Carols & Anthems of Georgian England
A good crowd was in attendance at the Vivaldi Chamber Choir's annual Christmas Concert at Trinity - St. Marks. Readings were given by LouAnn Schmidt from Charles Dickens, Sir Walter Scott, Charles Burney and Robert Herrick, as well Washington Irving and William Harrison. Both words and music followed the uneasy accommodation struck between the Church's need to moderate the deeper pagan urges (the Roman Saturnalia) to ceding space to the modern, increasingly commercial family centred celebration.
Starting with a set from 17th Century Germany, keystoned by Michael Praetorius' "Es ist ein Ros' entsprungen," a reading of Dickens' Christmas Tree lead to Sir Walter Scott's Christmas in Olden Time and a number of popular carols as realised by 18th Century composers in England. The clock wound backwards to 16th century Spain, with the ladies of the choir singing "Gózate, Virgen Sagrada," whereupon the "off-staged" men interrupted proceedings with a truly medieval scale racket at the hall's front door.
Peter Munns as Father Christmas led the way demanding room for the "Mummers" to mount a traditional play to amuse the audience and, in a historical context, to extract some seasonal tribute from the residents of the great house so ceremoniously invaded. Peter Alexander was a haughty George who quickly dispatched a fantastically garbed Dragon (played by yer 'umble servant). This feat earned "crowns of gold" from Father Christmas and the heart of the Queen of Egypt's daughter. This last was presented by the Daughter herself - Bill Richards in outrageous drag, with heart-shaped object in hand. Yetvart Hosepyan, beautifully costumed, portrayed "Turkish Delight" who challenged George (probably with the aforesaid heart-shaped object as cause d'action) and was in turn slain, after a spirited battle, by George.
The Dragon, with Turkish Delight in the background. George threatens T.D. in their fight. All the Mummers dance in triumph!
The demise of the Delight was greeted with loud remonstrances, born of horror and regret, from Wild Sally, presented by a rouged and lipsticked Nathan Zadworny. These cries brought forth a frock-coated Doctor portrayed by Ryan Beaucage. Much curative "business" ensued, whereupon Turkish Delight, revived, urged all present to give ear to further music, Father Christmas seconding the motion with identical words of commendation. A vigorous dance followed, around the almost totally lifeless carcass of Dragon, culminating in removal of the unfortunate beast's head on the swords of the dancers and its display to an amused though appropriately horrified audience. All (Mummers, that is) exeunt, singing.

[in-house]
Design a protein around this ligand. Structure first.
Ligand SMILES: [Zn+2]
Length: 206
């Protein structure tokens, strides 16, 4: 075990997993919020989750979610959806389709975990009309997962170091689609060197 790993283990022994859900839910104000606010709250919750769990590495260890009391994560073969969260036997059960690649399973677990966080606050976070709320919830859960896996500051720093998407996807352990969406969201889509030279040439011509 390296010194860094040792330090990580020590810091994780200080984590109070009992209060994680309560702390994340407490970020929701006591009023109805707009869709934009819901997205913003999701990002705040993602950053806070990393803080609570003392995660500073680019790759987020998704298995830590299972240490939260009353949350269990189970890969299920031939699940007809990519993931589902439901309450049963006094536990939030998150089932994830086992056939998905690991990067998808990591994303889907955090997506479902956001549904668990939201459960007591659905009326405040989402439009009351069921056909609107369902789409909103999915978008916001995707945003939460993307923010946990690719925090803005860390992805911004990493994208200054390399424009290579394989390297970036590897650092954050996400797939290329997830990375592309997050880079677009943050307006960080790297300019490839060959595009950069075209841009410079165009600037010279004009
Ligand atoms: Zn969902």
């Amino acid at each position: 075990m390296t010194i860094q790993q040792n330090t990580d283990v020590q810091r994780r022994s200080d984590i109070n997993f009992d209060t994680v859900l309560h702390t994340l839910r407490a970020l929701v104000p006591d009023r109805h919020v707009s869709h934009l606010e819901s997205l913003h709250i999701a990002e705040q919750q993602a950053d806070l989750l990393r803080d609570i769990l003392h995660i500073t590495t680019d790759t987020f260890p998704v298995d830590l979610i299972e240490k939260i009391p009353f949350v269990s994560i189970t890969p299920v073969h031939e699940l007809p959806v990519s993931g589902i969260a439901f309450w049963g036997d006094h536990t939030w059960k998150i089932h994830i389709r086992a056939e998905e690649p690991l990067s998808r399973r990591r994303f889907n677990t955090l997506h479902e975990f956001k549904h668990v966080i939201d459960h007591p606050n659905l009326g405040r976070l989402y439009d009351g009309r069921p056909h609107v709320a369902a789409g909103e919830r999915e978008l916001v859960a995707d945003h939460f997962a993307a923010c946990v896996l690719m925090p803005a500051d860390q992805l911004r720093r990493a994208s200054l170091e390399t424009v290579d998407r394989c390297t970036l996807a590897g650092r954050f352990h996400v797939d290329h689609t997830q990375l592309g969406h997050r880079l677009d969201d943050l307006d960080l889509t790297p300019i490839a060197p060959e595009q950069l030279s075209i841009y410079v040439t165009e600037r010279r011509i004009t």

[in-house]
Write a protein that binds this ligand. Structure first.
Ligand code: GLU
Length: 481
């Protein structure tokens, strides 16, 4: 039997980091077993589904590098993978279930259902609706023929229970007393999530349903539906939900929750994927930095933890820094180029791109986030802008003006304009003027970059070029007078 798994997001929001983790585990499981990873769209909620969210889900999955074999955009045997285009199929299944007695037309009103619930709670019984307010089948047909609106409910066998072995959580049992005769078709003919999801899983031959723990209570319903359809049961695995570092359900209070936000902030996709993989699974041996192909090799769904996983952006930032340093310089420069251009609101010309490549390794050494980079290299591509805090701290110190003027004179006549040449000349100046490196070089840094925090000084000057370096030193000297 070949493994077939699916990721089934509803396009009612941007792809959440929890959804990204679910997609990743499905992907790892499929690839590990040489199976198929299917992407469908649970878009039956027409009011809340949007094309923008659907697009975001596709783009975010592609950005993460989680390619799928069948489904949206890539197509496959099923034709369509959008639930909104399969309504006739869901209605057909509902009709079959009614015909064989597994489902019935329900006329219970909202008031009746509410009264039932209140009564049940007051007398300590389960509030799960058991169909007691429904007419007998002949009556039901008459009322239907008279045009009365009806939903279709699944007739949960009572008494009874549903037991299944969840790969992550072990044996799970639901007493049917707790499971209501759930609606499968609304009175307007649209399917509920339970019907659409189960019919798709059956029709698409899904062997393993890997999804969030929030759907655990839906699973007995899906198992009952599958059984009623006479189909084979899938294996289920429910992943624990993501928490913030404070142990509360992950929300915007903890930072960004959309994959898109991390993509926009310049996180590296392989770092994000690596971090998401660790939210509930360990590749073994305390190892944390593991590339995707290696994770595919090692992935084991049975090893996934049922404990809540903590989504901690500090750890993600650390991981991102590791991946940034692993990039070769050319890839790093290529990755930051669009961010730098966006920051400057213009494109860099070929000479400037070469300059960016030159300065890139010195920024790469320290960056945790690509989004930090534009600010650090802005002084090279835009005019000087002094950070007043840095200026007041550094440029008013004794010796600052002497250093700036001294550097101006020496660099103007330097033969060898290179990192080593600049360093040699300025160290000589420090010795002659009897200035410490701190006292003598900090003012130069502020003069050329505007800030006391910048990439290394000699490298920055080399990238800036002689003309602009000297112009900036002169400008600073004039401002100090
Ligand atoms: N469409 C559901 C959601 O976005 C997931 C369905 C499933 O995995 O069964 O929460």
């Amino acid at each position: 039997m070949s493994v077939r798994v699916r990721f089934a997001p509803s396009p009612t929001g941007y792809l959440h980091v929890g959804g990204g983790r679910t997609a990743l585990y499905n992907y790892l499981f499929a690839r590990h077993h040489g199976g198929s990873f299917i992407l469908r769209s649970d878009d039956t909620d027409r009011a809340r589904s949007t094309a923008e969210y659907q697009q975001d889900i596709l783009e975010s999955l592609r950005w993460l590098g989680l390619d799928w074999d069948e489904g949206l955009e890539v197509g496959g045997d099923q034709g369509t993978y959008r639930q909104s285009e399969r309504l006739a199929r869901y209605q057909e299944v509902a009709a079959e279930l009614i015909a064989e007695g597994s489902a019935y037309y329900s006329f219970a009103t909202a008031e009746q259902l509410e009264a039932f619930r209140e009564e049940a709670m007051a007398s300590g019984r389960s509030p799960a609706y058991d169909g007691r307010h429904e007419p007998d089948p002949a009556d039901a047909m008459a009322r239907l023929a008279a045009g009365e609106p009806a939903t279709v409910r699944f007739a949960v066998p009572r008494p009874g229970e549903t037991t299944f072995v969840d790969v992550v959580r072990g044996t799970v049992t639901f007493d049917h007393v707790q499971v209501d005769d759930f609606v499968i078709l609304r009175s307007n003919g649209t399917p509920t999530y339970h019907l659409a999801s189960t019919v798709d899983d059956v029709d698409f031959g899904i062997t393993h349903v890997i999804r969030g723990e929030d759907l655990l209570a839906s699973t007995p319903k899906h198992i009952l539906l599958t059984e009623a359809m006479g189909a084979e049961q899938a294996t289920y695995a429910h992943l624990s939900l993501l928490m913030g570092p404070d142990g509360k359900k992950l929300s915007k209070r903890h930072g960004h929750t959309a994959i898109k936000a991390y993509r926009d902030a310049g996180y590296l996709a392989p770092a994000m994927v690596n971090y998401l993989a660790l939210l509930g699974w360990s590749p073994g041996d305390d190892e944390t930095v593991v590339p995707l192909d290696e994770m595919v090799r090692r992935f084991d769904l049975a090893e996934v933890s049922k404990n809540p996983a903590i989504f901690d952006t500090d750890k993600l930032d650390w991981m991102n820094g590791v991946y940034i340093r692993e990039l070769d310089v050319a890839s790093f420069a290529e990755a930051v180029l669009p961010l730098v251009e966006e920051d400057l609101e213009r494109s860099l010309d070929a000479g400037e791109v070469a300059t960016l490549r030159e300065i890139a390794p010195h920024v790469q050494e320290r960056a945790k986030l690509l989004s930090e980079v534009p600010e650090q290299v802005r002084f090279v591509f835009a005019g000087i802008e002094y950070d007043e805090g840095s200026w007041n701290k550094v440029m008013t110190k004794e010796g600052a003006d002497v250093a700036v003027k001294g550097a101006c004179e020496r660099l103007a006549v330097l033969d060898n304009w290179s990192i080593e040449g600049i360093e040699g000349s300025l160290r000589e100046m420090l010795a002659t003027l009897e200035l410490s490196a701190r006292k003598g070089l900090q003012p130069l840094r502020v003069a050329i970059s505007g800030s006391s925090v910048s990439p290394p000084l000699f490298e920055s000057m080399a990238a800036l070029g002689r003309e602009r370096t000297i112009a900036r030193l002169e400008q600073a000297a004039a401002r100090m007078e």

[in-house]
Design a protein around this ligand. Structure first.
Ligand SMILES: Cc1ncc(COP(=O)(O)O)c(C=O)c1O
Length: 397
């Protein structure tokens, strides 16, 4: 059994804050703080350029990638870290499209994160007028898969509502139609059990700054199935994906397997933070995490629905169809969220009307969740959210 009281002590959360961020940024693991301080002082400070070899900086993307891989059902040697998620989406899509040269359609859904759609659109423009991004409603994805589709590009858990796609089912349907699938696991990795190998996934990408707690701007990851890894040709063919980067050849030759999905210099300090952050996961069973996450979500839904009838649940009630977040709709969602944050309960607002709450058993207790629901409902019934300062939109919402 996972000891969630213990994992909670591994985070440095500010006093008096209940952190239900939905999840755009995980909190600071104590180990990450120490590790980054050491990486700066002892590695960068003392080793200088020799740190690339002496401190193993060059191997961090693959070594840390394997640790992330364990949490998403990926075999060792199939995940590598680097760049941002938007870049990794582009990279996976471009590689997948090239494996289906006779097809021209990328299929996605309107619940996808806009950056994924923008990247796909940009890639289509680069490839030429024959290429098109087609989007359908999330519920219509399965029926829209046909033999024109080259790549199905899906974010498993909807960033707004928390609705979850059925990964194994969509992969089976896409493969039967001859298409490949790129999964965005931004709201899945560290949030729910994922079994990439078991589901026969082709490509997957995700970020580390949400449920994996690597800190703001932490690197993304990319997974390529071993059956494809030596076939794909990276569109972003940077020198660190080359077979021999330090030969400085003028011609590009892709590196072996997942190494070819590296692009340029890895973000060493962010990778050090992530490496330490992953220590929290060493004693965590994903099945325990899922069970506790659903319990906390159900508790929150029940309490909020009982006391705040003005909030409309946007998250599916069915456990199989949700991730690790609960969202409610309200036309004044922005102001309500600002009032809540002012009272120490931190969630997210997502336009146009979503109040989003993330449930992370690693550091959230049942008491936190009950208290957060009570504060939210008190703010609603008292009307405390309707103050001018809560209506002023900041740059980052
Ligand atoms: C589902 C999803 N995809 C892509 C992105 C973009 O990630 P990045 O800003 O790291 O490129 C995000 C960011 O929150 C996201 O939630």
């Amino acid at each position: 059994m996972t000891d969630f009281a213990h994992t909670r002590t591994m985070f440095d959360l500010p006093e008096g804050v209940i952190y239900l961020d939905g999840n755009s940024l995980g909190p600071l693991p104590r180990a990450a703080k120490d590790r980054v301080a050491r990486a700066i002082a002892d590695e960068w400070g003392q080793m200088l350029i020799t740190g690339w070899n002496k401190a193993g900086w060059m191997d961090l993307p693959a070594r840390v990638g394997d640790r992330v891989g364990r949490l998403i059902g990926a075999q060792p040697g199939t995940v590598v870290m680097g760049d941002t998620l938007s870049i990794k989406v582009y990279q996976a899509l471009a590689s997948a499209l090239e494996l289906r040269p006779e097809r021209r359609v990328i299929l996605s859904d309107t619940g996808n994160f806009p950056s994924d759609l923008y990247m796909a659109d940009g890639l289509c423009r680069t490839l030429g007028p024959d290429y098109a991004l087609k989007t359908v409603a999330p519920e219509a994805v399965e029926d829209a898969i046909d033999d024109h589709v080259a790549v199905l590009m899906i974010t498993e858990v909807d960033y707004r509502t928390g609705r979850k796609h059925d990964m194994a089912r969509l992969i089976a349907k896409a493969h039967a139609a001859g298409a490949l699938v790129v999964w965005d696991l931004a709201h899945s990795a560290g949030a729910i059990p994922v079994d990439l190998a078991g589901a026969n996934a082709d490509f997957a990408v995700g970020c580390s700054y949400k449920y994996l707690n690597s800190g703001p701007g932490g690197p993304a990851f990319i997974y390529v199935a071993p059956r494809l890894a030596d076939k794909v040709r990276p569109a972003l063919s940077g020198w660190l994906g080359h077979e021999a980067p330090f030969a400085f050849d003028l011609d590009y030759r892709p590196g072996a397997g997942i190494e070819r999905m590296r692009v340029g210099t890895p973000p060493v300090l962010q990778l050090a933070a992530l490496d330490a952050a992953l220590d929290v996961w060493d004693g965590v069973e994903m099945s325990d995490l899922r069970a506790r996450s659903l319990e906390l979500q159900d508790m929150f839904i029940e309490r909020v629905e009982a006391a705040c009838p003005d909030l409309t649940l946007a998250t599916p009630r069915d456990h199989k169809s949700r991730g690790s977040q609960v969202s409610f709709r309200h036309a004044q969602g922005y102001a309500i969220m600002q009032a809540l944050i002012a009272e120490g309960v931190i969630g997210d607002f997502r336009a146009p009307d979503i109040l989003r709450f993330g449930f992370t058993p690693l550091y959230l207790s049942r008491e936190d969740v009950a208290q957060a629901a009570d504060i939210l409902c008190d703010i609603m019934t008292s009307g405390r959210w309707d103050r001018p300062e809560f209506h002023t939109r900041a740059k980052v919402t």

Tribute is paid here to a lively audience who entered into the spirit of the moment and laughed appropriately at all the right bits, leading to a nice feedback loop that only urged the players to greater heights of Mummery. Hearty congratulations to Tom (Graff) who conceived, researched, produced and costumed this foolery. Thanks to all!
The music continued with the men now picking up on the reading of Washington Irving's Bringing in the Boar's Head, with the singing of the English traditional "A caroll bringyng in the bores heed" and continuing with the Catalan "E la Don, Don Verges Maria." After a brief return to the 17th Century with "Christmas's Lamentation" the programme played out with more readings from earlier times and a set of Wassails again recalling the ruder traditions of a less sacred mid-winter festival.
- Alan Ryder
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